Pick­ups guz­zling less

Gains made by pop­u­lar Ford F-150 pickup make big dif­fer­ence in us­age

Houston Chronicle Sunday - - BUSINESS - david.hunn@chron.com twit­ter.com/david­hunn By David Hunn

More ef­fi­cient Ford F-150s help drive a drop in gaso­line de­mand.

You can thank Ford F-150s for the soft­en­ing de­mand for U.S. gaso­line this year.

While it would be easy to as­sume that the pro­lif­er­a­tion of hy­brid gaso­li­ne­elec­tric cars, such as the Toy­ota Prius, could ac­count for slip­ping gaso­line con­sump­tion, a new pa­per from Rice Univer­sity says the an­swer lies in gas guz­zlers.

Man­u­fac­tur­ers keep im­prov­ing the fuel ef­fi­ciency of the most pop­u­lar Amer­i­can ve­hi­cle, the pickup. They’re small im­prove­ments, just a few miles per gal­lon per year. But they’ve had an out­size ef­fect on to­tal U.S. fuel con­sump­tion, said the pa­per’s au­thor, Gabriel Collins, an en­ergy fel­low at Rice’s Baker In­sti­tute for Pub­lic Pol­icy.

Five years ago, the most pop­u­lar ve­hi­cle in Amer­ica, the Ford F-150, might have got­ten 16 or 17 mpg. The Prius, on the other hand, av­er­aged more like 46. The F-150 used about 6 gal­lons of gas to go 100 miles. The Prius — about 2.

Ford and Toy­ota both im­proved their ve­hi­cles. F-150s now get about 20 or 21 mpg; Priuses, bet­ter than 52.

And that means F-150s have shaved gaso­line us­age by a gal­lon over 100 miles, or about 17 per­cent, while the Prius still av­er­ages about 2 gal­lons used per 100 miles. It would take six new Priuses, Collins said, to equal the sav­ings from one new F-150.

In ad­di­tion, Amer­i­cans buy four times as many Ford F-se­ries trucks each year — about 800,000 — as they do Priuses, which typ­i­cally sell about 200,000 a year. In 2016, they sold fewer than 140,000.

“For bet­ter or for worse, a big chunk of Amer­i­can driv­ers like large, pow­er­ful ve­hi­cles,” Collins said. “So if you can find a way to make those ve­hi­cles more ef­fi­cient, that’s re­ally low-hang­ing fruit.”

It’s part of the rea­son why re­fin­ers and the oil in­dus­try are look­ing over­seas to emerg­ing economies such as In­dia and China for fu­ture

Fuel ef­fi­ciency Miles driven rose 8 per­cent since 2012 but gaso­line con­sump­tion rose 4 per­cent. Source: Rice Univer­sity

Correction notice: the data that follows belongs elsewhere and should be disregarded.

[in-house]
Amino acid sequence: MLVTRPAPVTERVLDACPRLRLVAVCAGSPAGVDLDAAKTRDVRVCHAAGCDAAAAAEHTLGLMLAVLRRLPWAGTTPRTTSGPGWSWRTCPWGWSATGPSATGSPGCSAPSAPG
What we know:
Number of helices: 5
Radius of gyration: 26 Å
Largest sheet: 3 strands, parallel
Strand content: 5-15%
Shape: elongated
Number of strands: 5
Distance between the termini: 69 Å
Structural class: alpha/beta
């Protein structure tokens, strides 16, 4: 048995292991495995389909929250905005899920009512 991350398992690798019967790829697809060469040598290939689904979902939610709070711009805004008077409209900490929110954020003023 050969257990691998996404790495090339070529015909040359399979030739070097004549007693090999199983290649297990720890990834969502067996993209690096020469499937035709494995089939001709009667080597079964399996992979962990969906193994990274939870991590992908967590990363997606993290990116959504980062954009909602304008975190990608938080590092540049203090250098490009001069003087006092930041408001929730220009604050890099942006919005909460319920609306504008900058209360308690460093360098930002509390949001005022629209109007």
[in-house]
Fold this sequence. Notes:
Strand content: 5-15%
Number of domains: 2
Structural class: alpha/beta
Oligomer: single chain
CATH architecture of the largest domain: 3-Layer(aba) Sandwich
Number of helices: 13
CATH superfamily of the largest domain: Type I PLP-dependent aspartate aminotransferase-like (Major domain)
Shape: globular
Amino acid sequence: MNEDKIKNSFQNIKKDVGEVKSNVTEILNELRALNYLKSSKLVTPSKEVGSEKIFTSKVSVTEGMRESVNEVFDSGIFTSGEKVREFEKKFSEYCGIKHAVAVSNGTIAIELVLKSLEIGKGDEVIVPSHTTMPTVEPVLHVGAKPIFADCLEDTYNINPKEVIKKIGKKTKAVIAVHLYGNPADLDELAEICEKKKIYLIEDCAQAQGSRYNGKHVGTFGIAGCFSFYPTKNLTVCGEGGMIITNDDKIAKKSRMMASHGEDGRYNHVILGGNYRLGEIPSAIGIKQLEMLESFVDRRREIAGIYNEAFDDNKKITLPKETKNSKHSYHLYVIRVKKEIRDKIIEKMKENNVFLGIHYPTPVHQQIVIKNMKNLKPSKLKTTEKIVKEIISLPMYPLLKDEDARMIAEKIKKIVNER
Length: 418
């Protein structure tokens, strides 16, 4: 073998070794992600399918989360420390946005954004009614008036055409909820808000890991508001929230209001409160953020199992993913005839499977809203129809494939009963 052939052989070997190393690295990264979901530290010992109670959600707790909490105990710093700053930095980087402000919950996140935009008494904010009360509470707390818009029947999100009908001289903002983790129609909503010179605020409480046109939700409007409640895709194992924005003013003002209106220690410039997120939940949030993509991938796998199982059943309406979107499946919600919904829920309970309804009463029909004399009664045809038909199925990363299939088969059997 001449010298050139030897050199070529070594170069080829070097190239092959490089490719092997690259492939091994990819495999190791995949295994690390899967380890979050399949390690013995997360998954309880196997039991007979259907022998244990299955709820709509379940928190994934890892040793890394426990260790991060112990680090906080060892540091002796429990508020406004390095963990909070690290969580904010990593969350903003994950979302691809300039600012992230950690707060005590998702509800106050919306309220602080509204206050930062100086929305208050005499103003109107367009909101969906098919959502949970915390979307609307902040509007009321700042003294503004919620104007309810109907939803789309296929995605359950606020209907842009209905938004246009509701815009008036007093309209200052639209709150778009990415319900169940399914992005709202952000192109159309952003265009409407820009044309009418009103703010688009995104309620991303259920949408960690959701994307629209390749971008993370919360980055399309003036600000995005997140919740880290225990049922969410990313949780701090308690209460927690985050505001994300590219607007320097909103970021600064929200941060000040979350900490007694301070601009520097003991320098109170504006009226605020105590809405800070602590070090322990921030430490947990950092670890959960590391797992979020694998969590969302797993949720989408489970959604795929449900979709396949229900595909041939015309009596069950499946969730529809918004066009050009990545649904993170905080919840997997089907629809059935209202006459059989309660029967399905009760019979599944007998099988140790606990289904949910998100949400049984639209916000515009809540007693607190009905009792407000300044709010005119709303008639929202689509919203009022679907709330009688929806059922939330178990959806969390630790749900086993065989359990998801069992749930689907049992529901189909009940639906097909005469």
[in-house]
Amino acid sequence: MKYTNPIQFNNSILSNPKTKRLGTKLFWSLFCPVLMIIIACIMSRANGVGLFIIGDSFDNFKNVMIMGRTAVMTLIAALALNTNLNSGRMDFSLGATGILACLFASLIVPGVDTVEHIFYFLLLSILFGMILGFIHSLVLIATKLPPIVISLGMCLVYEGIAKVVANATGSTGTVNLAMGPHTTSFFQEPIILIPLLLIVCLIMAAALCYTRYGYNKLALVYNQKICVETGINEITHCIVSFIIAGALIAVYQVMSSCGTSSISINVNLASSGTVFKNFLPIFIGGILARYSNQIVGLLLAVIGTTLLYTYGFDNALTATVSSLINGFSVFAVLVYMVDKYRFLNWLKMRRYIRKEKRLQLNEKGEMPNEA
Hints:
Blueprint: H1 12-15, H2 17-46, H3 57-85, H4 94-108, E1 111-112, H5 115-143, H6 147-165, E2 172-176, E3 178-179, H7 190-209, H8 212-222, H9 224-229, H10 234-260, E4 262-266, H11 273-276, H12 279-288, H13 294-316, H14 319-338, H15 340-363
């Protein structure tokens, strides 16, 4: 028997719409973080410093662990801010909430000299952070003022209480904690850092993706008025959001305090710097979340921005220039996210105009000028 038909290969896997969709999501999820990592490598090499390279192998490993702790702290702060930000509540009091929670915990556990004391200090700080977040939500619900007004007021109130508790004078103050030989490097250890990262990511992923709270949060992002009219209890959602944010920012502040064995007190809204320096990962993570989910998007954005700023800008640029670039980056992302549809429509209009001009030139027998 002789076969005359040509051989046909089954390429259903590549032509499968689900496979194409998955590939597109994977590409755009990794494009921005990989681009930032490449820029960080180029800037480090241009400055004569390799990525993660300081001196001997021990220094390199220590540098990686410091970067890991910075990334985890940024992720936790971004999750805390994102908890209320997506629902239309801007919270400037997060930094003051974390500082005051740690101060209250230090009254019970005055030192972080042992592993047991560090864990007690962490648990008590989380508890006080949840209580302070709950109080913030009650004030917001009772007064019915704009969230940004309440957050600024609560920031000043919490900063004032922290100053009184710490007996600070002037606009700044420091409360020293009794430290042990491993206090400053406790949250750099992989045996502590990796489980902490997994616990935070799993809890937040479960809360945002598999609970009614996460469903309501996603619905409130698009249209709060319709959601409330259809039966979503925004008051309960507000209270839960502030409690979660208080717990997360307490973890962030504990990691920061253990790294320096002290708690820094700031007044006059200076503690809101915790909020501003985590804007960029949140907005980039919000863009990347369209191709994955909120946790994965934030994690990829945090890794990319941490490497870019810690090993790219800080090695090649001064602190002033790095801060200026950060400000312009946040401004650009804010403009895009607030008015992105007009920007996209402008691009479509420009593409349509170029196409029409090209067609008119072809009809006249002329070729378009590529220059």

U.S. gaso­line con­sump­tion fell from an av­er­age of 9.3 mil­lion bar­rels per day to 8.7 mil­lion between 2007 and 2012, a pe­riod that in­cluded a re­ces­sion, steep job losses and $4-a-gal­lon gaso­line. With mil­lions of Amer­i­cans out of work and driv­ing less, to­tal mileage fell from 253 bil­lion miles in 2007 to 246 bil­lion in 2011.

Then mileage and con­sump­tion started to slowly rise again. Collins found, how­ever, that the gaso­line con­sump­tion didn’t keep up with driv­ing.

Amer­i­cans drove 8 per­cent more between Fe­bru­ary 2012 and Fe­bru­ary 2017, ac­cord­ing to Collins. Mean­while, gaso­line de­mand rose at half that rate, or about 4 per­cent.

More re­cently, gaso­line con­sump­tion has con­sis­tently slipped be­low last year’s level, ac­cord­ing to the En­ergy Depart­ment, even as gaso­line prices have fallen to their low­est in more than a decades.

Over the past four weeks, av­er­age gaso­line con­sump­tion fell by 0.3 per­cent com­pared to the same pe­riod a year ago, the En­ergy Depart­ment re­ported Wed­nes­day.

Associated Press photos

Fuel ef­fi­ciency in Ford’s F-15 pickup has im­proved about 17 per­cent in the past five years.

It takes about six new Priuses for the gains in fuel ef­fi­ciency made by Toy­ota on the hy­brid ve­hi­cle to equal the gains made by Ford for one new F-150 pickup dur­ing the past five years.

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